Definitions for Quotekwoʊt
This page provides all possible meanings and translations of the word Quote
Random House Webster's College Dictionary
quotekwoʊt(v.; n.)quot•ed, quot•ing
(v.t.)to repeat (a passage, phrase, etc.) from a book, speech, or the like, as by way of authority or illustration.
to repeat words from (a book, author, etc.).
to cite or bring forward as support.
to enclose (words) within quotation marks.
to state the current or market price of (a stock, bond, etc.).
(v.i.)to make a quotation or quotations, as from a book or author.
(used by a speaker to indicate the beginning of a quotation.)
Ref: quotation mark.
Idioms for quote:
quote unquote,so called; as it were:
If you're a quote unquote liberal, they're suspicious of you.
Category: Common Vocabulary, Idiom
Origin of quote:
1350–1400; ME coten, quoten < ML quotāre to divide into chapters and verses
quotation mark, quote, inverted comma(noun)
a punctuation mark used to attribute the enclosed text to someone else
quotation, quote, citation(verb)
a passage or expression that is quoted or cited
repeat a passage from
"He quoted the Bible to her"
name the price of
"quote prices for cars"
refer to for illustration or proof
"He said he could quote several instances of this behavior"
put quote marks around
"Here the author is quoting his colleague"
Kernerman English Learner's Dictionary
to repeat sb else's written or spoken words
to quote from Shakespeare; He was quoted as having said she stole the gun.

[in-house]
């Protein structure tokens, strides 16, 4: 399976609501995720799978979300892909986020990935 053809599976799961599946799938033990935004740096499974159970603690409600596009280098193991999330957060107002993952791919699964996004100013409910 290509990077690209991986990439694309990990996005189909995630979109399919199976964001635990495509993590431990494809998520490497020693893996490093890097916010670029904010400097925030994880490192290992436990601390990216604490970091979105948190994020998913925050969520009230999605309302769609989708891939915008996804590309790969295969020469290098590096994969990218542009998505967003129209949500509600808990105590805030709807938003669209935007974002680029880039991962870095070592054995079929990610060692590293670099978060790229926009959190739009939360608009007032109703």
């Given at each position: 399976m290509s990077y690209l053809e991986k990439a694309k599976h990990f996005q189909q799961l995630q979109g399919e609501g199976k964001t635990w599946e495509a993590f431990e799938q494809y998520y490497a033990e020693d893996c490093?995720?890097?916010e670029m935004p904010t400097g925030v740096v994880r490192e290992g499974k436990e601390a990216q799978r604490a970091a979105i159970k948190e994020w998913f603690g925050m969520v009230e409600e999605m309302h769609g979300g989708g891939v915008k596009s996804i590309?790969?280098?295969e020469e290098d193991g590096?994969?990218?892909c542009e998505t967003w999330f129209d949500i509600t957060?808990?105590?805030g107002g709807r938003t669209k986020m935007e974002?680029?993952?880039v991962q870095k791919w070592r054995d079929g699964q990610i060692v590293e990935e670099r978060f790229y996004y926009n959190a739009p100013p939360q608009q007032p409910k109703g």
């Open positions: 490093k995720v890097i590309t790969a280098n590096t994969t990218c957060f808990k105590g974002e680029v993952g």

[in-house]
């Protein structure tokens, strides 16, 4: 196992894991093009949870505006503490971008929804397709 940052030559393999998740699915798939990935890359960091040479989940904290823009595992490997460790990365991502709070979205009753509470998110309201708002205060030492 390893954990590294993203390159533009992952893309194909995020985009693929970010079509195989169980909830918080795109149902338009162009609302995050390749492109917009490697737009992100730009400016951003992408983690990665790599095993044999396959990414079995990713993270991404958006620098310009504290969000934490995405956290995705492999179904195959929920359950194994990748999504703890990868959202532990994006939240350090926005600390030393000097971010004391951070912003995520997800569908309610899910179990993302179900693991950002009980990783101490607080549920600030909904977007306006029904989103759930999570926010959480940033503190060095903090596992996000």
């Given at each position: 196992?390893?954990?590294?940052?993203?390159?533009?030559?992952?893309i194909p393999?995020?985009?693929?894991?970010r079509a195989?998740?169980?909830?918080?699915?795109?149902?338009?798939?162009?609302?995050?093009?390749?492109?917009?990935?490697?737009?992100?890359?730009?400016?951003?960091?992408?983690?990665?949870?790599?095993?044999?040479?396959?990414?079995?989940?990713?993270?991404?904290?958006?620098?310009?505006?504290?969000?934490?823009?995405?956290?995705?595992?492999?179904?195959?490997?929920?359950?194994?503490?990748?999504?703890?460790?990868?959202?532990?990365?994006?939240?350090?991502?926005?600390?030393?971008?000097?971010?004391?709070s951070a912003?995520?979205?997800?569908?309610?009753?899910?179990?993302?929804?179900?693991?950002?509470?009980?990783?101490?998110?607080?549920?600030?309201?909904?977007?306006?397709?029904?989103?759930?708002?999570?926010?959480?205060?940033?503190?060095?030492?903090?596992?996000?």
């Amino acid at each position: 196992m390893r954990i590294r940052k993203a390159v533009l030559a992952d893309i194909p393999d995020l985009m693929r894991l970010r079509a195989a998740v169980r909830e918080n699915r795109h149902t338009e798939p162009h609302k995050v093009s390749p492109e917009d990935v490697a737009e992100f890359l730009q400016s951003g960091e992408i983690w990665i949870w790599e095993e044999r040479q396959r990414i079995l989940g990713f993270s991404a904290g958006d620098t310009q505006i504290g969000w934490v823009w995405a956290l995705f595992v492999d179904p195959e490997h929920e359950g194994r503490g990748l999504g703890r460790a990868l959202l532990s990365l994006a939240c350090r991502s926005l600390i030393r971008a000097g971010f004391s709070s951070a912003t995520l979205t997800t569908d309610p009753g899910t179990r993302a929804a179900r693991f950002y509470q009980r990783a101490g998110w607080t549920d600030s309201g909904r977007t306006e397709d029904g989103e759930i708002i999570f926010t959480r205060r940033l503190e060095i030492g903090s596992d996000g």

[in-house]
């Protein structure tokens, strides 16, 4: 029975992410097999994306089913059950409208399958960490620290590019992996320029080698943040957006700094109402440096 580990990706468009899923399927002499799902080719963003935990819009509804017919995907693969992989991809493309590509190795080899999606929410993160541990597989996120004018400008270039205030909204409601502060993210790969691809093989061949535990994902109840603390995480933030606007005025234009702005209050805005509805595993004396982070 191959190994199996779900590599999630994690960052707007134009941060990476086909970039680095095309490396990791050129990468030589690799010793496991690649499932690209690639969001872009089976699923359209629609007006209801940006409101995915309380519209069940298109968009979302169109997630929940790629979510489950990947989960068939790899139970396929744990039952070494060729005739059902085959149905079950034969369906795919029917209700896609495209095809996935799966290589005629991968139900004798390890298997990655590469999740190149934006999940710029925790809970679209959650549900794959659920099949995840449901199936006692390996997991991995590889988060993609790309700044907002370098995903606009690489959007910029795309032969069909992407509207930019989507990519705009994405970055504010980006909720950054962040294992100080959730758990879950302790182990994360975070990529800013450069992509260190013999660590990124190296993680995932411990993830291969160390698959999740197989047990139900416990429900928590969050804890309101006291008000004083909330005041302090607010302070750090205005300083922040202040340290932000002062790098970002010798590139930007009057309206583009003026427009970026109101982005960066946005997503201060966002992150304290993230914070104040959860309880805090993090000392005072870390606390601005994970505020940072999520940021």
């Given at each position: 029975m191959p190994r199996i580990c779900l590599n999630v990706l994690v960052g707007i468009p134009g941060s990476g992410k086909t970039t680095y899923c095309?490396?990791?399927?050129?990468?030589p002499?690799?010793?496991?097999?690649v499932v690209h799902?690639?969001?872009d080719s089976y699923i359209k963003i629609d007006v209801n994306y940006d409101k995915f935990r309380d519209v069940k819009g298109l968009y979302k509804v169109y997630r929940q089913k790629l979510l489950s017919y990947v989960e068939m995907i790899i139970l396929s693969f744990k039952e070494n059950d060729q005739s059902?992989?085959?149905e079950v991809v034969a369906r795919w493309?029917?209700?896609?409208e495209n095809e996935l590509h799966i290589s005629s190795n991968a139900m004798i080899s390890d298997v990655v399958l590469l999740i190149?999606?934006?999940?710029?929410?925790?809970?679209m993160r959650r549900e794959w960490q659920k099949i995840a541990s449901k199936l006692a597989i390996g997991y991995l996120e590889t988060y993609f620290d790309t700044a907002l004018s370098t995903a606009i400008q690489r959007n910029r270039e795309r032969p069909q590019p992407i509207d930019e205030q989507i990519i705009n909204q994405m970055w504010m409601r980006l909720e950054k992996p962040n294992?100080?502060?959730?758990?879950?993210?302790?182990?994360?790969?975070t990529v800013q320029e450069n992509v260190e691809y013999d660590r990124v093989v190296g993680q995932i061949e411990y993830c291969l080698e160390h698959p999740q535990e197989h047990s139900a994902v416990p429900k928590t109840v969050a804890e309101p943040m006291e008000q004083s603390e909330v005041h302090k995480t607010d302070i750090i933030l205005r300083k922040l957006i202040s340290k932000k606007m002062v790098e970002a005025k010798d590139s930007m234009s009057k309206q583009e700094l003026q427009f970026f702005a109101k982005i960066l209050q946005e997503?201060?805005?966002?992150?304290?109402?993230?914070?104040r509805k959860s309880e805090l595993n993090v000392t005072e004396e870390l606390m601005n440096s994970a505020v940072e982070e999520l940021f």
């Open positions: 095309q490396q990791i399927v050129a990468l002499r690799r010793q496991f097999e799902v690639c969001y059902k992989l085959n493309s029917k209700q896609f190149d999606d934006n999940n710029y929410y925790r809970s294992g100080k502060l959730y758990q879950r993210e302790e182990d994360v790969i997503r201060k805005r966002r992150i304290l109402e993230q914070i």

to state as an example or proof
He'll quote figures from the annual sales report.
to tell sb how much sth will cost
They quoted us $300 to decorate the lower floor.
a quote from one of Kennedy's speeches
A quotation, statement attributed to someone else.
A quotation mark.
A summary of work to be done with a set price.
After going over the hefty quotes, the board decided it was cheaper to have the project executed by its own staff
To refer to (part of) a speech that has been made by someone else.
To prepare a summary of work to be done and set a price.
To name the current price, notably of a financial security.
To indicate verbally or by equivalent means the start of a quotation.
To observe, to take account of.
Origin: Recorded since 1387 "to mark (a book) with chapter numbers or marginal references", from coter, from Medieval Latin quotare "to distinguish by numbers, number chapters", itself from quotus "which, what number (in sequence)," from quot "how many" (related to quis "who"). The sense developed via "to give as a reference, to cite as an authority" to "to copy out exact words" (since 1680); the business sense "to state the price of a commodity" (1866) revives the etymological meaning. The noun, in the sense of "quotation," is attested from 1885; see also usage note, below.
to cite, as a passage from some author; to name, repeat, or adduce, as a passage from an author or speaker, by way of authority or illustration; as, to quote a passage from Homer
to cite a passage from; to name as the authority for a statement or an opinion; as, to quote Shakespeare
to name the current price of
to notice; to observe; to examine
to set down, as in writing
a note upon an author
Translations for Quote
Kernerman English Multilingual Dictionary
to repeat the exact words of a person as they were said or written
to quote Shakespeare / Shakespeare's words / from Shakespeare, `Is this a dagger which I see before me?'
- citarPortuguese (BR)
- παραθέτω τα λόγια κπ. έτσι όπως τα έχει πειGreek
- نقل قول کردنFarsi
- navesti, citiratiCroatian
- vitnaí, hafa (orðrétt) eftirIcelandic
- نقل قول کردنPersian
- را اخيستل، را نقلول، اقتباس كول: نرخ ټاكلPashto
- a citaRomanian
- aktarmak, alıntı yapmakTurkish
- 引述Chinese (Trad.)
- کسی شخص کی کہی گئي یا لکھی گئی بات کو ہو بہو دہراناUrdu
- trích dẫnVietnamese
- 引述Chinese (Simp.)
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